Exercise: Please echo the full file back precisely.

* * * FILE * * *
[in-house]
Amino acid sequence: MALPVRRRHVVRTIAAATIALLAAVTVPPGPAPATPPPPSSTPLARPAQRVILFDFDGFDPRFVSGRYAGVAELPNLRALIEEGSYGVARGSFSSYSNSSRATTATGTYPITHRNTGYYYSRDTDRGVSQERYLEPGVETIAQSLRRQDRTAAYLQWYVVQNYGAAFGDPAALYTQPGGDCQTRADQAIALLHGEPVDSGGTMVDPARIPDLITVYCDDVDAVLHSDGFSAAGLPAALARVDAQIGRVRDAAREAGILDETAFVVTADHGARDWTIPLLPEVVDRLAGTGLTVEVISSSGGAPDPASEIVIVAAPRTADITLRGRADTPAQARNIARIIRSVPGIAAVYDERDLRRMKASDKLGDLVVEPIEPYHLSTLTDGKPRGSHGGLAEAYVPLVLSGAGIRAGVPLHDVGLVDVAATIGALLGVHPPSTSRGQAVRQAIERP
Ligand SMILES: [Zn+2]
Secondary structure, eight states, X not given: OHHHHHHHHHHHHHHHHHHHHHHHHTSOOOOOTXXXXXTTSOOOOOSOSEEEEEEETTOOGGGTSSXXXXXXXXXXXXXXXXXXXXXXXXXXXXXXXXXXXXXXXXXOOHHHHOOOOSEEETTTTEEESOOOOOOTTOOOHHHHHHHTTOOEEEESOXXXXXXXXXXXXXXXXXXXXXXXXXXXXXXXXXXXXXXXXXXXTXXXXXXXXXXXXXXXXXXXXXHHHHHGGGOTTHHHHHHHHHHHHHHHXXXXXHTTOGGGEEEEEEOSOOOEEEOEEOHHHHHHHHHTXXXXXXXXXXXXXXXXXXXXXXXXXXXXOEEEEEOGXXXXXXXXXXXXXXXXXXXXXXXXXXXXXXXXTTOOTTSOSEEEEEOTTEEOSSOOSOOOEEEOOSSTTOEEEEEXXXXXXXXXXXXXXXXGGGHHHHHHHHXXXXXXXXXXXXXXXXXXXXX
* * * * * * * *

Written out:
[in-house]
Amino acid sequence: MALPVRRRHVVRTIAAATIALLAAVTVPPGPAPATPPPPSSTPLARPAQRVILFDFDGFDPRFVSGRYAGVAELPNLRALIEEGSYGVARGSFSSYSNSSRATTATGTYPITHRNTGYYYSRDTDRGVSQERYLEPGVETIAQSLRRQDRTAAYLQWYVVQNYGAAFGDPAALYTQPGGDCQTRADQAIALLHGEPVDSGGTMVDPARIPDLITVYCDDVDAVLHSDGFSAAGLPAALARVDAQIGRVRDAAREAGILDETAFVVTADHGARDWTIPLLPEVVDRLAGTGLTVEVISSSGGAPDPASEIVIVAAPRTADITLRGRADTPAQARNIARIIRSVPGIAAVYDERDLRRMKASDKLGDLVVEPIEPYHLSTLTDGKPRGSHGGLAEAYVPLVLSGAGIRAGVPLHDVGLVDVAATIGALLGVHPPSTSRGQAVRQAIERP
Ligand SMILES: [Zn+2]
Secondary structure, eight states, X not given: OHHHHHHHHHHHHHHHHHHHHHHHHTSOOOOOTXXXXXTTSOOOOOSOSEEEEEEETTOOGGGTSSXXXXXXXXXXXXXXXXXXXXXXXXXXXXXXXXXXXXXXXXXOOHHHHOOOOSEEETTTTEEESOOOOOOTTOOOHHHHHHHTTOOEEEESOXXXXXXXXXXXXXXXXXXXXXXXXXXXXXXXXXXXXXXXXXXXTXXXXXXXXXXXXXXXXXXXXXHHHHHGGGOTTHHHHHHHHHHHHHHHXXXXXHTTOGGGEEEEEEOSOOOEEEOEEOHHHHHHHHHTXXXXXXXXXXXXXXXXXXXXXXXXXXXXOEEEEEOGXXXXXXXXXXXXXXXXXXXXXXXXXXXXXXXXTTOOTTSOSEEEEEOTTEEOSSOOSOOOEEEOOSSTTOEEEEEXXXXXXXXXXXXXXXXGGGHHHHHHHHXXXXXXXXXXXXXXXXXXXXX